, Warp and Woof
and Sweating the Plague
“We try to make the records a little different from each other, and we try to experiment in the studio as much as we can within reason and bring something unique to every song,” says Gillard. “We have to compartmentalize in our mind learning songs for a new record that's not out yet and learning to play the songs from the record that’s just been released.”
The band has cut the last few records at engineer Travis Harrison’s New York studio, Serious Business.
“Travis is our front of the house sound guy when we play live, so it’s very comfortable to work with him, and we’re all working toward the same thing,” says Gillard. “It’s convenient for the three of us in the New York area, and we have fun doing it as well. Travis has an efficient way of working. We try not to waste too much time in the studio.”
Sweating the Plague
songs such as “Downer” and “Tiger Top” sound particularly heavy and eschew the band’s British Invasion tendencies for something a little harder. "Sons of the Beard," the album's final track, has a majestic, Emerson, Lake and Palmer feel to it.
“One of Bob [Pollard]’s notes for the album was that he wanted the feel of arena rock,” says Gillard. “His way of defining that term comes from the late ’60s and early ’70s. He saw Kiss live the first time they came to Dayton in 1974, and he saw UFO early on and AC/DC early on. It’s not like stadium rock but the dry album-oriented rock. I would put Blue Oyster Cult in that category too. I grew up on WMMS and all of that was ingrained in my mind too. There’s some post-punk and prog as well.”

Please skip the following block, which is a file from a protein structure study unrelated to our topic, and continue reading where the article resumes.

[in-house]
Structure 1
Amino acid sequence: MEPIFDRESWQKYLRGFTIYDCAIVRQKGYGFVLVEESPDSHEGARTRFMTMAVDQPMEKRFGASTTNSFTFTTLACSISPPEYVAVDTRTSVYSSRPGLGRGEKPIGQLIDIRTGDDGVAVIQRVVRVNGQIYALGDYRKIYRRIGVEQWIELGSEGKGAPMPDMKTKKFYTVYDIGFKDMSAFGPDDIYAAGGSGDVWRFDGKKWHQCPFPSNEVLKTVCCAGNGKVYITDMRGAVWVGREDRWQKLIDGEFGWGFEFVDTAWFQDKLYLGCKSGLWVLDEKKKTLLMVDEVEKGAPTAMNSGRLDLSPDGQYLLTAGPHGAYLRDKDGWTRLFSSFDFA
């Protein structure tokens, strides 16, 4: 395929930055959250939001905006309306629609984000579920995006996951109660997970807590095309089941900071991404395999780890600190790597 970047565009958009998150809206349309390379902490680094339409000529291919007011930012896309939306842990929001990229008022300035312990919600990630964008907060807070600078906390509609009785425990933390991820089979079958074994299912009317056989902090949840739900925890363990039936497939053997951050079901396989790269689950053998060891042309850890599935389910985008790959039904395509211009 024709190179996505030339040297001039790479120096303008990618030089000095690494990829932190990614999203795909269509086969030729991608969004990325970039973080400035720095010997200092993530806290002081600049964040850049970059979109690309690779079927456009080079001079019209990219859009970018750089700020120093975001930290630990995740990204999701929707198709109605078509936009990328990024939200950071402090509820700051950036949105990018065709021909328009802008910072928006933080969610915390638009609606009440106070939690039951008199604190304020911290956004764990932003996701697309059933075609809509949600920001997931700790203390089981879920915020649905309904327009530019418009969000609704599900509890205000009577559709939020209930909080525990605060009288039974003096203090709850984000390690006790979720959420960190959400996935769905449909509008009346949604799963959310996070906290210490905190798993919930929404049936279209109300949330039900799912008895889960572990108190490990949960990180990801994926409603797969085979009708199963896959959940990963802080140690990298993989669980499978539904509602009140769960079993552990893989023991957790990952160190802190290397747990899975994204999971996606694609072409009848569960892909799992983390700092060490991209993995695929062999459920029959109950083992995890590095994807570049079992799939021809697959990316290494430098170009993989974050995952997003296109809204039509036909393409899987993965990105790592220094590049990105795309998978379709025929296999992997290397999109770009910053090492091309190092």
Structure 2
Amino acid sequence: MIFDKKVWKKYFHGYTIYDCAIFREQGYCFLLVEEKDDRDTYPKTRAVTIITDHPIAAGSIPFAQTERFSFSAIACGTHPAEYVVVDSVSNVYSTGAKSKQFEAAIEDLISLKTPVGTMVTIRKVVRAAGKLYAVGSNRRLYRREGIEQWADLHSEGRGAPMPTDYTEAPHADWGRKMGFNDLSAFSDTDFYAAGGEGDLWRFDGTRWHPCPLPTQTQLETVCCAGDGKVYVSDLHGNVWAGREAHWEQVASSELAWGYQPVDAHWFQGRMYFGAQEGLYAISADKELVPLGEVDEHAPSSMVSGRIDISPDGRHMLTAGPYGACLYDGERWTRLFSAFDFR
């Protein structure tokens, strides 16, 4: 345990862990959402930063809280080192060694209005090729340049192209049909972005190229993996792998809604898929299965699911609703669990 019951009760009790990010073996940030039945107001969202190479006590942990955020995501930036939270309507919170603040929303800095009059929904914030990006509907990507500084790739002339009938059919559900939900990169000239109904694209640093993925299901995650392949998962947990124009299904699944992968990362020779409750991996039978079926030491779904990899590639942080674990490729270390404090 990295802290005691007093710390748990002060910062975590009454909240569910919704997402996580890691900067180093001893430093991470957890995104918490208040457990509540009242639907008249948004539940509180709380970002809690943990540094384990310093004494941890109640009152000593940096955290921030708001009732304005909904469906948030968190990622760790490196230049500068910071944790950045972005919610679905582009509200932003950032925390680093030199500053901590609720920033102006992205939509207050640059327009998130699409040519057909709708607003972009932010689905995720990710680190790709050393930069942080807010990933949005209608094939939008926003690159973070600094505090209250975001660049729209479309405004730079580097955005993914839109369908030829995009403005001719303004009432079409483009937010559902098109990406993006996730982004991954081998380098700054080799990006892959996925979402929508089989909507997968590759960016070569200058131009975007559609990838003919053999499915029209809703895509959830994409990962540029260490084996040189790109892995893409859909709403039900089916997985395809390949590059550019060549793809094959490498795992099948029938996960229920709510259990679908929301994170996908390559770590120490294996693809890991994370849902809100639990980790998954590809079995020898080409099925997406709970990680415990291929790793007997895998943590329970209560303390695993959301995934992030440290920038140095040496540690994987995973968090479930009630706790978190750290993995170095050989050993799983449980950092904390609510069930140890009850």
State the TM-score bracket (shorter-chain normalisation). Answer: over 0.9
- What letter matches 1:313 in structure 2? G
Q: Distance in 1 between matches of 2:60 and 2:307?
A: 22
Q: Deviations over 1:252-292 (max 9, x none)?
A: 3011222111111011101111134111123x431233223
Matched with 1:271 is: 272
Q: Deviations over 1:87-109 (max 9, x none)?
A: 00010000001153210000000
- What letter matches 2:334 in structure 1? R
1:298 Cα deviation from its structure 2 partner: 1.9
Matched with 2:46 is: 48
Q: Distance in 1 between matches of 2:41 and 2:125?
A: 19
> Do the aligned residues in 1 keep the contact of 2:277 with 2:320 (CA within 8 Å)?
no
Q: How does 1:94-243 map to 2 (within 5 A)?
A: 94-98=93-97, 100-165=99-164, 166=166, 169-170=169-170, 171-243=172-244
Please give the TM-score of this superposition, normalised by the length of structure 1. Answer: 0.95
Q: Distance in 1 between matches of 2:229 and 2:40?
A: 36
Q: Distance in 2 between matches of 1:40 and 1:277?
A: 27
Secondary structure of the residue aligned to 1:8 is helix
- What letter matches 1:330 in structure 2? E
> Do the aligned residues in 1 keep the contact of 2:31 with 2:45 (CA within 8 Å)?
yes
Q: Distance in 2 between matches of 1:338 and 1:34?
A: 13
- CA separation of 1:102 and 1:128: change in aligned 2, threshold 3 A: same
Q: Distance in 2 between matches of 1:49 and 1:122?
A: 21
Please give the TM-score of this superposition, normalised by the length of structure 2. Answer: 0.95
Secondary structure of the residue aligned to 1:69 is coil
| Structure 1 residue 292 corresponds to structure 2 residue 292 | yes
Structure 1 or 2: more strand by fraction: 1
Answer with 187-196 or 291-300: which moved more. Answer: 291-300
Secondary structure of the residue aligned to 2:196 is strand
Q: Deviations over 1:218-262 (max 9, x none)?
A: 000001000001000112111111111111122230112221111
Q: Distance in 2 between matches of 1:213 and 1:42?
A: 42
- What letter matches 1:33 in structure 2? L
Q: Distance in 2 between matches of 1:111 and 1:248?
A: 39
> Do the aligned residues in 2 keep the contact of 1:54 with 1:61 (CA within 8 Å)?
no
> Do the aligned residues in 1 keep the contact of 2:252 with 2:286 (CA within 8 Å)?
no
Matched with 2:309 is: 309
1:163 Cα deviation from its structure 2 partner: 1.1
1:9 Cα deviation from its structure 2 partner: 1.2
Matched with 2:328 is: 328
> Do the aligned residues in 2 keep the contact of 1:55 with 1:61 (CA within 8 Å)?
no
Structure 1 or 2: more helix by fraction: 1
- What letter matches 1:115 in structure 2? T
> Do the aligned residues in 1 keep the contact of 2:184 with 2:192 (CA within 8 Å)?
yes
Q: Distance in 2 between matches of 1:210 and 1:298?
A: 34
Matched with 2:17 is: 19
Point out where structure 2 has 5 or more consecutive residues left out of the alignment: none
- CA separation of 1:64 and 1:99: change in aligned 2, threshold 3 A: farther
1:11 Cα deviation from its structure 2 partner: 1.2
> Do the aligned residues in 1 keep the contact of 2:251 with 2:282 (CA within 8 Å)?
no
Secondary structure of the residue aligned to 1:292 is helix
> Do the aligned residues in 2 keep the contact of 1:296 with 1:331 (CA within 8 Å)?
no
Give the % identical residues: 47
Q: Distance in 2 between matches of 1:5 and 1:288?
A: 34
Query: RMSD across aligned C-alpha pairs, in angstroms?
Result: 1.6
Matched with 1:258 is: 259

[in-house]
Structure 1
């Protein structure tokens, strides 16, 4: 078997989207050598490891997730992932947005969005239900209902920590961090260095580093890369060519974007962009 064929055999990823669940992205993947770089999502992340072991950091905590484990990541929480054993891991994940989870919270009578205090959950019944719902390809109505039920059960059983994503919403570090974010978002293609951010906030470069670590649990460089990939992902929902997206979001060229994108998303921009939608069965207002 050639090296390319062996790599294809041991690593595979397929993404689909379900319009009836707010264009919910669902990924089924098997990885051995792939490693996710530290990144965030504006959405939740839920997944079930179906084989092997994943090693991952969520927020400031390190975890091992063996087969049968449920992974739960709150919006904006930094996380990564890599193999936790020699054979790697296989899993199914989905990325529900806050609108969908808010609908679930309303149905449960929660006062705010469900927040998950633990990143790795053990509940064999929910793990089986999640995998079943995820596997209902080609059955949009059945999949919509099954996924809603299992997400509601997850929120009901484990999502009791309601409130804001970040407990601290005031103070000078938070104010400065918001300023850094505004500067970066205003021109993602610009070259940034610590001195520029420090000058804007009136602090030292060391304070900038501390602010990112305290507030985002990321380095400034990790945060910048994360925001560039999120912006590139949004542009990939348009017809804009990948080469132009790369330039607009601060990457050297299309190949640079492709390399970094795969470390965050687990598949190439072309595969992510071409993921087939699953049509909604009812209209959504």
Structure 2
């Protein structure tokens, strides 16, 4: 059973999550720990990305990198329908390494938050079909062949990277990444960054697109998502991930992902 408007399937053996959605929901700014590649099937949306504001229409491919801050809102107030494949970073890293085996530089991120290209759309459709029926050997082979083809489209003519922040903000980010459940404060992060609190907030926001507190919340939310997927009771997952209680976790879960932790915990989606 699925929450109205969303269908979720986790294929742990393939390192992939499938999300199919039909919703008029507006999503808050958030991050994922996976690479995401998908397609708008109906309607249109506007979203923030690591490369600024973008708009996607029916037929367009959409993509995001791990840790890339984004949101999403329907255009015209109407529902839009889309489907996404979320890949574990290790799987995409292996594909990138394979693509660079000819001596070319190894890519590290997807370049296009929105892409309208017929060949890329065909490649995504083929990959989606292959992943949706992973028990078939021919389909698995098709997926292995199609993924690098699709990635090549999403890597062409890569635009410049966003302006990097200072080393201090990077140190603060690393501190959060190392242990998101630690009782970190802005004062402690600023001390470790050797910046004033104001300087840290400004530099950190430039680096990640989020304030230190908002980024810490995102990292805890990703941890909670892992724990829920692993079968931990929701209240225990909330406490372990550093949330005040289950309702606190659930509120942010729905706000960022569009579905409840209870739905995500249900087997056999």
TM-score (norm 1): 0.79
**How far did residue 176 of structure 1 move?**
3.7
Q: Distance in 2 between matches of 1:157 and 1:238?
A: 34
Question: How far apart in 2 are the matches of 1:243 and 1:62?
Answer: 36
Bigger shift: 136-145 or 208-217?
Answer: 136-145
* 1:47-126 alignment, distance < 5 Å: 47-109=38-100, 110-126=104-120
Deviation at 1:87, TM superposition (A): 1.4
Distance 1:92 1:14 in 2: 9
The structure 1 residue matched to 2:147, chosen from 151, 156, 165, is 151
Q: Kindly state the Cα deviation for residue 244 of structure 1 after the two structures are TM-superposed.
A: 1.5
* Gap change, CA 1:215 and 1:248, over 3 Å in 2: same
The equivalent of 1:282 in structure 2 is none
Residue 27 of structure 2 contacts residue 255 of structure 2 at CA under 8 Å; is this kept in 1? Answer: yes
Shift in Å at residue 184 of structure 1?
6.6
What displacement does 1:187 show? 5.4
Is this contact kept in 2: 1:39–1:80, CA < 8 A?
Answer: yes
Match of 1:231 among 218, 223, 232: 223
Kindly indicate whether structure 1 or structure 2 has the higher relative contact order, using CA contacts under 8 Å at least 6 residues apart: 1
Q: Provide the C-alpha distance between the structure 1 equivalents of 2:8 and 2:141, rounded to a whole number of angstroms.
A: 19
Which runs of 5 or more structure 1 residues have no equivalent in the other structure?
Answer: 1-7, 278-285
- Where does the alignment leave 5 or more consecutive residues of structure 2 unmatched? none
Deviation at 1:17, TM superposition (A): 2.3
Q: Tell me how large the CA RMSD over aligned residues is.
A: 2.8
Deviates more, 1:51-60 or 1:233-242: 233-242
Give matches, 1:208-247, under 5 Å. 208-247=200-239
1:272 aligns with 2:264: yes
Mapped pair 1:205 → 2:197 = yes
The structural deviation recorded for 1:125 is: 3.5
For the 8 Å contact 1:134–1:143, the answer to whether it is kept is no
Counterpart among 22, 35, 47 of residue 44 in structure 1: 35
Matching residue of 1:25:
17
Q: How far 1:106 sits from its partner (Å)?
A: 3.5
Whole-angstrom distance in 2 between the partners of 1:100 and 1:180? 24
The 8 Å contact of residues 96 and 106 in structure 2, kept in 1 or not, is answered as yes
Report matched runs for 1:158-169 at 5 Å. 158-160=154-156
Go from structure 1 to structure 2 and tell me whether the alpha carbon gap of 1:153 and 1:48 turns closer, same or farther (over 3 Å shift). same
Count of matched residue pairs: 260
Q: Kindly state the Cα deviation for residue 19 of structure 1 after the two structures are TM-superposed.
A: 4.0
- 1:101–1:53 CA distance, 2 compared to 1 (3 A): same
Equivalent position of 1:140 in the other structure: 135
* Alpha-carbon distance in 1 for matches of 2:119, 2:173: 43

For Gillard, who started wanting to play guitar at a young age simply because music was always on at his home and in the car, touring and recording incessantly with GBV has been a dream come true.
“My dad was musical and played guitar as a hobby,” he says. “I just gravitated to music. I can’t pinpoint a single thing, but I grew up loving and watching the Monkees and the Archies, and my sister had the Beatles and Paul Revere and the Raiders albums. Every since I can remember, I’ve been banging on stuff and trying to play music.”
Outside of GBV, he’s been plenty busy too. He plays on the forthcoming album from indie rock veterans Nada Surf and has produced an album by the Oakland, CA-based indie rock act Bye Bye Blackbirds. He’s also been collaborating with Clevelander Matthew Wascovich on a variety of projects and is still active in the Beatles tribute act Bambi Kino. He plays on a few tracks on the latest effort from the Cleveland band Metrolight, and he can be heard on the recent reissue of the Pollard solo album, Speak Kindly Of Your Volunteer Fire Department
“Just knowing there’s always new configurations of chord and always room to do something different keeps me inspired,” he says. The possibilities are always kind of endless when you pick up a guitar or keyboard to make a song. I’m always inspired by that.”
Guided by Voices, 9 p.m. Friday, Nov. 29, Grog Shop, 2785 Euclid Heights Blvd., Cleveland Heights, 216-321-5588. Tickets: $38 ADV, $40 DOS, grogshop.gs